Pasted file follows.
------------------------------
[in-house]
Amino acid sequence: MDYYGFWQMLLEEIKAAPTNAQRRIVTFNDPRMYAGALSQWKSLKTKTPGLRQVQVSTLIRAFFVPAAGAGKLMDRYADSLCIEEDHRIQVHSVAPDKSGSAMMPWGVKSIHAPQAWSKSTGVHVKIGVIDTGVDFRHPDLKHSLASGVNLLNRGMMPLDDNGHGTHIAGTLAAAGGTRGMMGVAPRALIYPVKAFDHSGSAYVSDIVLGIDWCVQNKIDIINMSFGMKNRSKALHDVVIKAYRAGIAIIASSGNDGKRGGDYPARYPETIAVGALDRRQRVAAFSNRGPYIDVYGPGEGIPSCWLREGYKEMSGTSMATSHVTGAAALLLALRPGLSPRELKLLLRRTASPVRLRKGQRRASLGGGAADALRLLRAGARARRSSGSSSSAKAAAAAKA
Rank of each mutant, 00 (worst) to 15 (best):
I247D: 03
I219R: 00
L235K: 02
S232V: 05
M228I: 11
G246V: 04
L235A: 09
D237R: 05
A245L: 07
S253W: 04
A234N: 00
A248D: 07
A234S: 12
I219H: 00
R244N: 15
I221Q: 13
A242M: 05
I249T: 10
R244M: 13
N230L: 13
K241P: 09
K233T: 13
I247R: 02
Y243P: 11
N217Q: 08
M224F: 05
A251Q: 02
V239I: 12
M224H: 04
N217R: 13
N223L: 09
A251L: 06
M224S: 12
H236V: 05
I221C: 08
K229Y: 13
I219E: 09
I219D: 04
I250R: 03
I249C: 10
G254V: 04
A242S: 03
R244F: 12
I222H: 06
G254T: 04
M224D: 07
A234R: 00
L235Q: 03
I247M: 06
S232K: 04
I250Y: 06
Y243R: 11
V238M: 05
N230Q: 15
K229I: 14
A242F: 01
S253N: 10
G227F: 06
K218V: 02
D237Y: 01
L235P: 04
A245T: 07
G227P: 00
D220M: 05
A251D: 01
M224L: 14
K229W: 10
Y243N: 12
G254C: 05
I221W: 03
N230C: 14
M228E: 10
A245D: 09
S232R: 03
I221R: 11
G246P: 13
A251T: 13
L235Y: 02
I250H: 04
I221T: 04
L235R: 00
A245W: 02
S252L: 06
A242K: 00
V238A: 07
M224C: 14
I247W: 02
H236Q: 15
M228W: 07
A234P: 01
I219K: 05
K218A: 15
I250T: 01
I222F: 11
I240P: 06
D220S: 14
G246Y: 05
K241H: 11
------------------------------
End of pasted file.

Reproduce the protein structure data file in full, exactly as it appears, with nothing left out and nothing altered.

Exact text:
[in-house]
Amino acid sequence: MDYYGFWQMLLEEIKAAPTNAQRRIVTFNDPRMYAGALSQWKSLKTKTPGLRQVQVSTLIRAFFVPAAGAGKLMDRYADSLCIEEDHRIQVHSVAPDKSGSAMMPWGVKSIHAPQAWSKSTGVHVKIGVIDTGVDFRHPDLKHSLASGVNLLNRGMMPLDDNGHGTHIAGTLAAAGGTRGMMGVAPRALIYPVKAFDHSGSAYVSDIVLGIDWCVQNKIDIINMSFGMKNRSKALHDVVIKAYRAGIAIIASSGNDGKRGGDYPARYPETIAVGALDRRQRVAAFSNRGPYIDVYGPGEGIPSCWLREGYKEMSGTSMATSHVTGAAALLLALRPGLSPRELKLLLRRTASPVRLRKGQRRASLGGGAADALRLLRAGARARRSSGSSSSAKAAAAAKA
Rank of each mutant, 00 (worst) to 15 (best):
I247D: 03
I219R: 00
L235K: 02
S232V: 05
M228I: 11
G246V: 04
L235A: 09
D237R: 05
A245L: 07
S253W: 04
A234N: 00
A248D: 07
A234S: 12
I219H: 00
R244N: 15
I221Q: 13
A242M: 05
I249T: 10
R244M: 13
N230L: 13
K241P: 09
K233T: 13
I247R: 02
Y243P: 11
N217Q: 08
M224F: 05
A251Q: 02
V239I: 12
M224H: 04
N217R: 13
N223L: 09
A251L: 06
M224S: 12
H236V: 05
I221C: 08
K229Y: 13
I219E: 09
I219D: 04
I250R: 03
I249C: 10
G254V: 04
A242S: 03
R244F: 12
I222H: 06
G254T: 04
M224D: 07
A234R: 00
L235Q: 03
I247M: 06
S232K: 04
I250Y: 06
Y243R: 11
V238M: 05
N230Q: 15
K229I: 14
A242F: 01
S253N: 10
G227F: 06
K218V: 02
D237Y: 01
L235P: 04
A245T: 07
G227P: 00
D220M: 05
A251D: 01
M224L: 14
K229W: 10
Y243N: 12
G254C: 05
I221W: 03
N230C: 14
M228E: 10
A245D: 09
S232R: 03
I221R: 11
G246P: 13
A251T: 13
L235Y: 02
I250H: 04
I221T: 04
L235R: 00
A245W: 02
S252L: 06
A242K: 00
V238A: 07
M224C: 14
I247W: 02
H236Q: 15
M228W: 07
A234P: 01
I219K: 05
K218A: 15
I250T: 01
I222F: 11
I240P: 06
D220S: 14
G246Y: 05
K241H: 11